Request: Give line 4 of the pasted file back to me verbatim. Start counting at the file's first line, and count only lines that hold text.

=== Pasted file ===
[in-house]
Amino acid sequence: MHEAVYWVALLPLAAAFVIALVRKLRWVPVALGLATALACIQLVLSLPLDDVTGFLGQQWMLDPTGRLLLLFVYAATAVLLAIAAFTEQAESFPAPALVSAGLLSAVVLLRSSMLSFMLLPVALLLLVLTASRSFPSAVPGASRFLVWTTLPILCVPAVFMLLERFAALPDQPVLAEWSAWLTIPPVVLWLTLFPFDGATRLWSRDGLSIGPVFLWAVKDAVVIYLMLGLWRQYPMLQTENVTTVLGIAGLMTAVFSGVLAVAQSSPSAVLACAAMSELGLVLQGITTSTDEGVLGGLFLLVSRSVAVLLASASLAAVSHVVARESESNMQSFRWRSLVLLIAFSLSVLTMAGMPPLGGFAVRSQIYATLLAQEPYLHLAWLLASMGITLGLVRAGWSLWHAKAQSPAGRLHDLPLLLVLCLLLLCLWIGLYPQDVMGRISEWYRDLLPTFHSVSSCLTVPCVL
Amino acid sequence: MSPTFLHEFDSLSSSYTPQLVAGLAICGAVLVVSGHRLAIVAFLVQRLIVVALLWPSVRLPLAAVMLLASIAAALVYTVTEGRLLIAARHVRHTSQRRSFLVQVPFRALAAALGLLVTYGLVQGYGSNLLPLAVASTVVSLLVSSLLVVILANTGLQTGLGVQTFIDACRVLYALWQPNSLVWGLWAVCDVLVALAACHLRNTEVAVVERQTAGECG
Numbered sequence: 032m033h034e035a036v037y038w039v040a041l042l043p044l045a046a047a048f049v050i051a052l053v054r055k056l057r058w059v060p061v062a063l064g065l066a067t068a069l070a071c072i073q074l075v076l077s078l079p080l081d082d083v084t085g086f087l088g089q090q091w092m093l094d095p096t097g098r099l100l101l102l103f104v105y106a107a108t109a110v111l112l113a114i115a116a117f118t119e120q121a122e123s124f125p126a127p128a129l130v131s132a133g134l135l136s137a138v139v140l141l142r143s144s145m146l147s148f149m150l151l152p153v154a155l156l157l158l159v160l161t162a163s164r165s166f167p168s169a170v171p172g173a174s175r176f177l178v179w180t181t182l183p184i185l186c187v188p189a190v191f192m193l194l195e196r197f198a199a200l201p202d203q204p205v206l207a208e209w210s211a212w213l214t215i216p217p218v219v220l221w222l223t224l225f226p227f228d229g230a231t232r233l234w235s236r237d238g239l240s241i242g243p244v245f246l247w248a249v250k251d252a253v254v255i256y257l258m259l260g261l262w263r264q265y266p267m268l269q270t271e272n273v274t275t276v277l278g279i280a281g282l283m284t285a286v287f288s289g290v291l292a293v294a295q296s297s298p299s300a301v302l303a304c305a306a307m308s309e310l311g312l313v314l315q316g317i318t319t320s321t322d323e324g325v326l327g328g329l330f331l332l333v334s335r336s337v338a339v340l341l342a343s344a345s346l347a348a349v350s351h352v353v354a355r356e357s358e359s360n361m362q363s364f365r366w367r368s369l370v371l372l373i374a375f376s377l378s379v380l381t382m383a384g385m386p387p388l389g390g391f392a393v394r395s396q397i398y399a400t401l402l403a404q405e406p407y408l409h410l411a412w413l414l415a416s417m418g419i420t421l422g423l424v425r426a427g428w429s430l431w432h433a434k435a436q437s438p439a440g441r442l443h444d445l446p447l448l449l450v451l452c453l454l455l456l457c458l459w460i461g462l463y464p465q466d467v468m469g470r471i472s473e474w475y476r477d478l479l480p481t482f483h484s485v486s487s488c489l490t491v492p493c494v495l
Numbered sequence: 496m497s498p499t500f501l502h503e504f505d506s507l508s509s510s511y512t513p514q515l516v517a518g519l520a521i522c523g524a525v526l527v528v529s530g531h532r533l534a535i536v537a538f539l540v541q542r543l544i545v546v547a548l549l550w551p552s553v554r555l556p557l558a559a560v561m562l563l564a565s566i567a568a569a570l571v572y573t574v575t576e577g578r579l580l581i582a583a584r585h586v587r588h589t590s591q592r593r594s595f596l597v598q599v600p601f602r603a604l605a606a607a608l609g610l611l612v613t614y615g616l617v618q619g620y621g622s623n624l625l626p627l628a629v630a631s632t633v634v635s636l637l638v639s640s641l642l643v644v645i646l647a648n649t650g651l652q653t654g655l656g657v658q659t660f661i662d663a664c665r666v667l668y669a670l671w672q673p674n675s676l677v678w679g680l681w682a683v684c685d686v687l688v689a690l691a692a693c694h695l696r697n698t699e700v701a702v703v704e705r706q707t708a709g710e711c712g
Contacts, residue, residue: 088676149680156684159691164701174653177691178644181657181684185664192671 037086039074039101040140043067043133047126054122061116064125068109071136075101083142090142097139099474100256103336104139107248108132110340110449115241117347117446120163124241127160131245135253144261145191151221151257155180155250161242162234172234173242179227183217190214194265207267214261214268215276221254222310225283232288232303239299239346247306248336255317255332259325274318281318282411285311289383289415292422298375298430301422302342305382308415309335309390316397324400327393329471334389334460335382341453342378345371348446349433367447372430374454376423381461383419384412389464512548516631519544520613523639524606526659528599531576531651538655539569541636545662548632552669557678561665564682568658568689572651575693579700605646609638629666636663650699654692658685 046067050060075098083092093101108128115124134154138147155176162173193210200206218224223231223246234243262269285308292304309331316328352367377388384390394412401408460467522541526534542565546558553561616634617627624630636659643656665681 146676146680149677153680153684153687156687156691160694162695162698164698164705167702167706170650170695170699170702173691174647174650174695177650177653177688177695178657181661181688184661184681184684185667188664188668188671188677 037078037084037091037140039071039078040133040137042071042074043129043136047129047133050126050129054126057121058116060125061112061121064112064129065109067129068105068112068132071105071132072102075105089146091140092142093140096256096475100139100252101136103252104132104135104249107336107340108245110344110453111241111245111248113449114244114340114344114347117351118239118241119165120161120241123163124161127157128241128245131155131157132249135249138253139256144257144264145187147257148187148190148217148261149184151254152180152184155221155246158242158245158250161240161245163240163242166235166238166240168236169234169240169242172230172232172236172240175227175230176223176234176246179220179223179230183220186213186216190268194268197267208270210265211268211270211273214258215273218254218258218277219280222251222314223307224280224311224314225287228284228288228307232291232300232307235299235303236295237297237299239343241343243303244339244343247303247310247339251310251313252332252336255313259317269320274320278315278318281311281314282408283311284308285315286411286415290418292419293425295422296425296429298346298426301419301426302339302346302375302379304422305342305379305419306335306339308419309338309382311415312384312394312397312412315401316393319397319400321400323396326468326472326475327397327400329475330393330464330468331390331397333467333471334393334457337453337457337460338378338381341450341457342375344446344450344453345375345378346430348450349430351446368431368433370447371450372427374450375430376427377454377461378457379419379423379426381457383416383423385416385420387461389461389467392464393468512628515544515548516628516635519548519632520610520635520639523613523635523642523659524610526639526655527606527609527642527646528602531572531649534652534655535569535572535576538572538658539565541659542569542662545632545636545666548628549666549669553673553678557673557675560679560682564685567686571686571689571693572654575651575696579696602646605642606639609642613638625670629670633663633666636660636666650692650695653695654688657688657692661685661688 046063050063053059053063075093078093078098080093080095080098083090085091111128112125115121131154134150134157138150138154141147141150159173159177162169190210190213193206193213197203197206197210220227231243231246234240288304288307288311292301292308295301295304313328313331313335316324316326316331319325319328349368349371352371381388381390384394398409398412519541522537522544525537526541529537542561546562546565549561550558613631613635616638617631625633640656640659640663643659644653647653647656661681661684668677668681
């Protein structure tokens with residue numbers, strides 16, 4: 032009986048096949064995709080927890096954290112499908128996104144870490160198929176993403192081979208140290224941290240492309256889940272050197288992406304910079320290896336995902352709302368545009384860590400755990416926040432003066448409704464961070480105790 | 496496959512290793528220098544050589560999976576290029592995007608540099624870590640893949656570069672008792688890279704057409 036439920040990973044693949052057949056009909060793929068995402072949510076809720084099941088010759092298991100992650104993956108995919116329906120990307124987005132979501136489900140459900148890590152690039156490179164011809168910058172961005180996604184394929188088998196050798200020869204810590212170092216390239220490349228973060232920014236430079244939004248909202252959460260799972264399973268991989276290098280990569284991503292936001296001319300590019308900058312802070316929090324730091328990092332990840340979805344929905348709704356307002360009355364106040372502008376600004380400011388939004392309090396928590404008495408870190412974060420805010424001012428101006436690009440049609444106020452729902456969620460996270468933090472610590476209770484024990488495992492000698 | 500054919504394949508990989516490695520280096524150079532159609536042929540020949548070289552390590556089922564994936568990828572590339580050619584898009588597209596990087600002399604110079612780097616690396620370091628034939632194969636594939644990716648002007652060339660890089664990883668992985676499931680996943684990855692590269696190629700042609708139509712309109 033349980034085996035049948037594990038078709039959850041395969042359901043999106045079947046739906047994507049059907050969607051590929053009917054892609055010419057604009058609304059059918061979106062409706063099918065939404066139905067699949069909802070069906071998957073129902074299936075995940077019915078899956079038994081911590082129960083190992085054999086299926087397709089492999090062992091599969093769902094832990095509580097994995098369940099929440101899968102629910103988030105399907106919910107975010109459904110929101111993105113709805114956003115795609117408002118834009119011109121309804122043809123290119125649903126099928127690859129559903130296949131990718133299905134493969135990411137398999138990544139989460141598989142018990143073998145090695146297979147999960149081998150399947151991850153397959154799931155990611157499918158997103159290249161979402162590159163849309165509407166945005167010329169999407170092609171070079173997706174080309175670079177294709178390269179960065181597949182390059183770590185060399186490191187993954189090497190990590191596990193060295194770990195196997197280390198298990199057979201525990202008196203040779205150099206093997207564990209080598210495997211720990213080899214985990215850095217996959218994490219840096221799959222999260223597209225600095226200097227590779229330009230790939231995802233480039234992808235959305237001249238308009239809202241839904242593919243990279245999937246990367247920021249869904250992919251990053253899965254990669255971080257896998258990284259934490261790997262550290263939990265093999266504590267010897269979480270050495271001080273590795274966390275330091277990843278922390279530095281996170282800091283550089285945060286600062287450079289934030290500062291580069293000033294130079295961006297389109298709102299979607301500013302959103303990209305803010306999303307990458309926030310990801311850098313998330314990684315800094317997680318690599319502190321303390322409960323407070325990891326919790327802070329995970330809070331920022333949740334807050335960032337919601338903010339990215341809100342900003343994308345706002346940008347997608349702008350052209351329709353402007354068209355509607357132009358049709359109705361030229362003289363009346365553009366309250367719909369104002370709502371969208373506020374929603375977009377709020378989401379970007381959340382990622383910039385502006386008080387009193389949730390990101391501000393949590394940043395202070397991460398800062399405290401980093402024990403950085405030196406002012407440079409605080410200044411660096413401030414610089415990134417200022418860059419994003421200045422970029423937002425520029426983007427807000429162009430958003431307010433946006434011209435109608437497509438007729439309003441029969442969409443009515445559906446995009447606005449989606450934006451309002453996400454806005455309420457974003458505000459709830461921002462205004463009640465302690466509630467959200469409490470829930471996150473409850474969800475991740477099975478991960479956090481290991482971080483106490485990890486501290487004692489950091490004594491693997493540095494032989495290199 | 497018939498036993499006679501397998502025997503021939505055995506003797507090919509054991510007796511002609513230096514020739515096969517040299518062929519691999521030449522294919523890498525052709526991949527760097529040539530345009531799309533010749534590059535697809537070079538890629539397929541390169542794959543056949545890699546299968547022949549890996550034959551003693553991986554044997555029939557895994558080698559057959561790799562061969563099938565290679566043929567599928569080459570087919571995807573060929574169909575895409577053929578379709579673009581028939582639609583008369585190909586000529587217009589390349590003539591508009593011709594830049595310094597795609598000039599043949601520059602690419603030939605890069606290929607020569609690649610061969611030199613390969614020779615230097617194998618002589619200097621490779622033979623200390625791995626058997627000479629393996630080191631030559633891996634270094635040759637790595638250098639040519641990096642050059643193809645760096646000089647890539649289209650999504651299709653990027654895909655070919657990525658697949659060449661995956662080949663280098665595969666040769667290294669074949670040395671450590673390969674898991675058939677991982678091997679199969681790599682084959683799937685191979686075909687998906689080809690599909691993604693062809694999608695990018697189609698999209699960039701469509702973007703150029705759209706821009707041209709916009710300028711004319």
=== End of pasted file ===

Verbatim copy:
Numbered sequence: 032m033h034e035a036v037y038w039v040a041l042l043p044l045a046a047a048f049v050i051a052l053v054r055k056l057r058w059v060p061v062a063l064g065l066a067t068a069l070a071c072i073q074l075v076l077s078l079p080l081d082d083v084t085g086f087l088g089q090q091w092m093l094d095p096t097g098r099l100l101l102l103f104v105y106a107a108t109a110v111l112l113a114i115a116a117f118t119e120q121a122e123s124f125p126a127p128a129l130v131s132a133g134l135l136s137a138v139v140l141l142r143s144s145m146l147s148f149m150l151l152p153v154a155l156l157l158l159v160l161t162a163s164r165s166f167p168s169a170v171p172g173a174s175r176f177l178v179w180t181t182l183p184i185l186c187v188p189a190v191f192m193l194l195e196r197f198a199a200l201p202d203q204p205v206l207a208e209w210s211a212w213l214t215i216p217p218v219v220l221w222l223t224l225f226p227f228d229g230a231t232r233l234w235s236r237d238g239l240s241i242g243p244v245f246l247w248a249v250k251d252a253v254v255i256y257l258m259l260g261l262w263r264q265y266p267m268l269q270t271e272n273v274t275t276v277l278g279i280a281g282l283m284t285a286v287f288s289g290v291l292a293v294a295q296s297s298p299s300a301v302l303a304c305a306a307m308s309e310l311g312l313v314l315q316g317i318t319t320s321t322d323e324g325v326l327g328g329l330f331l332l333v334s335r336s337v338a339v340l341l342a343s344a345s346l347a348a349v350s351h352v353v354a355r356e357s358e359s360n361m362q363s364f365r366w367r368s369l370v371l372l373i374a375f376s377l378s379v380l381t382m383a384g385m386p387p388l389g390g391f392a393v394r395s396q397i398y399a400t401l402l403a404q405e406p407y408l409h410l411a412w413l414l415a416s417m418g419i420t421l422g423l424v425r426a427g428w429s430l431w432h433a434k435a436q437s438p439a440g441r442l443h444d445l446p447l448l449l450v451l452c453l454l455l456l457c458l459w460i461g462l463y464p465q466d467v468m469g470r471i472s473e474w475y476r477d478l479l480p481t482f483h484s485v486s487s488c489l490t491v492p493c494v495l